Reading the North

Sharing Our Pathways

Edited by Ray Barnhardt and Angayuqaq Oscar Kawagley (University of Alaska Fairbanks, $20)

The blurb: This collection of essays address pedagogical prices and school curricula that could incorporate and document Alaska Native knowledge systems into a formal education system.

Excerpt: "There are many aspects of cultural knowledge that form the basis for Alaska Native peoples' ability to thrive in their respective environments, among these are the traditional trails.

Throughout Alaska there are trails which have been used by Native people for generations. These overland trails were often the most efficient and safe route for people to travel. They provided routes to hunting and fishing grounds, seasonal camps, for trading between Native groups or, with the arrival of Europeans, to trade with them.

One of the prominent trails in Dena'ina Athabascan country in southwest Alaska is the Telaquana Trail. It is a 50-mile route through the mountains and river valleys between the old village on Telaquana Lake and the Dena'ina village of old Kijik on Lake Clark. This trail has been used by the Dena'ina for hundreds of years."

Rat Island: Predators in Paradise and the World's Greatest Wildlife Rescue

By William Stolzenburg (Bloomsbury)

The blurb: At just three percent of Earth's landmass, islands harbor more than half of its endangered species. Their demise comes largely by way of recent invaders -- rats, cats, goats and pigs. This book chronicles conservation movements in various locales, including Rat Island, midway between Alaska and Russia.

Excerpt: "As the fears for Kiska mounted with the carnage, those tending the Alaska Maritime National Wildlife Refuge were already busy considering the deeper ramifications. In their jurisdiction were at least a dozen islands with rats chewing holes in the ecosystems they were charged with defending. The concerns went far beyond seabirds. It was about the missing songbirds and Kamchatka lilies, the shorebirds and the dune grass and the intertidal communities languishing in the post-rat age of the Aleutians.

And now Kiska, among the finest jewels of the chain, was being robbed beneath their noses. Art Sowls, in his years defending the harbors of the great Pribilof rookeries against incoming rats, had come to assume that prevention was the islands' only salvation. He and his boss, Vernon Byrd, had repeatedly characterized the invasion of a single rat as a fate worse than any oil spill"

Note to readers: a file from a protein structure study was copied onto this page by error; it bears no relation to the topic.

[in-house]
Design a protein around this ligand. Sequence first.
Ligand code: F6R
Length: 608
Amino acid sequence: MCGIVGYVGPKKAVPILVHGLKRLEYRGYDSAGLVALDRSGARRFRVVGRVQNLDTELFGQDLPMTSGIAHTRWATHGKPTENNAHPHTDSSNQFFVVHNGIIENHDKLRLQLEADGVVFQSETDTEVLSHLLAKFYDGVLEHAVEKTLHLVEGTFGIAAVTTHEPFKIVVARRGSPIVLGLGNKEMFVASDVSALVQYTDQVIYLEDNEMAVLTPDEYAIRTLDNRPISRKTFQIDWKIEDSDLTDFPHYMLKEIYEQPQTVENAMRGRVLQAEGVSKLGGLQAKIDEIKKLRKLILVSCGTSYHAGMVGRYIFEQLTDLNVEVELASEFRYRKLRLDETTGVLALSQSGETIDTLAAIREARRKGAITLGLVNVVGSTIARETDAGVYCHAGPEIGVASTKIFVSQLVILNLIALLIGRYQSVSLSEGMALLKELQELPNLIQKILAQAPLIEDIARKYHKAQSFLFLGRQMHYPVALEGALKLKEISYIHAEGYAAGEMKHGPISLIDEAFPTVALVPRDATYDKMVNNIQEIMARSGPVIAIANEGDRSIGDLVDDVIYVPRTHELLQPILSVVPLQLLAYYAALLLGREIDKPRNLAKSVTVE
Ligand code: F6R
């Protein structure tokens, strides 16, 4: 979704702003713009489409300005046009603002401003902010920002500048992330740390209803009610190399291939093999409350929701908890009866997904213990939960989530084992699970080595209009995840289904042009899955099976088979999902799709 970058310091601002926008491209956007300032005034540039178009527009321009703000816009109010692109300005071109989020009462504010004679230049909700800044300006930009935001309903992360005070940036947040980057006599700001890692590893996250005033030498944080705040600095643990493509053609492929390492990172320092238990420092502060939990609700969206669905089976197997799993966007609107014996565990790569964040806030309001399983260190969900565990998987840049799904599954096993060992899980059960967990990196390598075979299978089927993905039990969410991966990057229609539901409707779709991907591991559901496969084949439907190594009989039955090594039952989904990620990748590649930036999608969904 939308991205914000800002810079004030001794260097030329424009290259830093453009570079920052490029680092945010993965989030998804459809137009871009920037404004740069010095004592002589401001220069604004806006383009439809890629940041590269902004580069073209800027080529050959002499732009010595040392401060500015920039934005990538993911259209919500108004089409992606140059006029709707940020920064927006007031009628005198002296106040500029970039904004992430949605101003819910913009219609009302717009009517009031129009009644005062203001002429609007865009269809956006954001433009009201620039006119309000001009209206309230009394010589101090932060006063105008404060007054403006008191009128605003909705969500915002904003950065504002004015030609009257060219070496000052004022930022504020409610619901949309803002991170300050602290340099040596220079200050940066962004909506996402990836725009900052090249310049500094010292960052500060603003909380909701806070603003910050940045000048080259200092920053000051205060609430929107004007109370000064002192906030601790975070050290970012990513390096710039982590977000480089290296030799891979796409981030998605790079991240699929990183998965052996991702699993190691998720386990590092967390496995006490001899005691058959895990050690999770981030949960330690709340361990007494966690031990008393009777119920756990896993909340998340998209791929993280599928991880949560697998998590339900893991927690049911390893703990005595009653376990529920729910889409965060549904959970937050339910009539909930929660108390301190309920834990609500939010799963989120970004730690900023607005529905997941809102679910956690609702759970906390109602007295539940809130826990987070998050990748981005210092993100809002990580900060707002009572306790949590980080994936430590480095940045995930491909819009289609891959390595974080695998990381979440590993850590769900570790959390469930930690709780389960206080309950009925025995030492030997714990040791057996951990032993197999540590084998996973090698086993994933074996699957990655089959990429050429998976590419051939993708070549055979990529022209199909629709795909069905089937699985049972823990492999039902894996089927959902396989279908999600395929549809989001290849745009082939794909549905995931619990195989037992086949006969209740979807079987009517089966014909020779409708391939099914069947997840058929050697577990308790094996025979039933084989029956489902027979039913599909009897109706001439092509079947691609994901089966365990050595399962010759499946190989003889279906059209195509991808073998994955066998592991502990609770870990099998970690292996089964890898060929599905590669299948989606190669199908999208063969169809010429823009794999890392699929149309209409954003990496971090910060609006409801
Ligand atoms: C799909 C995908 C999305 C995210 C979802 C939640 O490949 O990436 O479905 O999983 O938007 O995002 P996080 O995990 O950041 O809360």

The Great Alaskan Quake: First Hand, and Other Cups of Coffee, the True Alaskan Connection

By Lloyd L. Peck (Publish America)

The blurb: Peck's memoir recounts his first-hand experience of the 1964 Good Friday Earthquake, his time spent fighting wildfires in Alaska's interior and his 20 years of volunteer work with mentally challenged Alaskans.

Excerpt: "Buddy and I were serenely situated in the basement, me practicing piano, while Buddy busily read comic books. Suddenly, the ground began to quiver, and the piano played grotesque music without my help.

Buddy exclaimed, 'What's that?' I reassured, 'It's just a little earthquake -- it'll stop in a few seconds.'

Fifteen seconds later both of our stomachs went sour and we implored the Great Beyond to stop this nonsense. My music wasn't that lousy even though I'd begun lessons only a year before. We decided together that the basement was no place to be, and groped for the stairway. The shaking began to worsen to the point where it was everything we could do to hold onto the handrail and launch ourselves up those stairs. We fell backwards several ties before finally reaching the top and slamming the basement door. Whew!"

-- Compiled by Matt Sullivan, Anchorage Daily News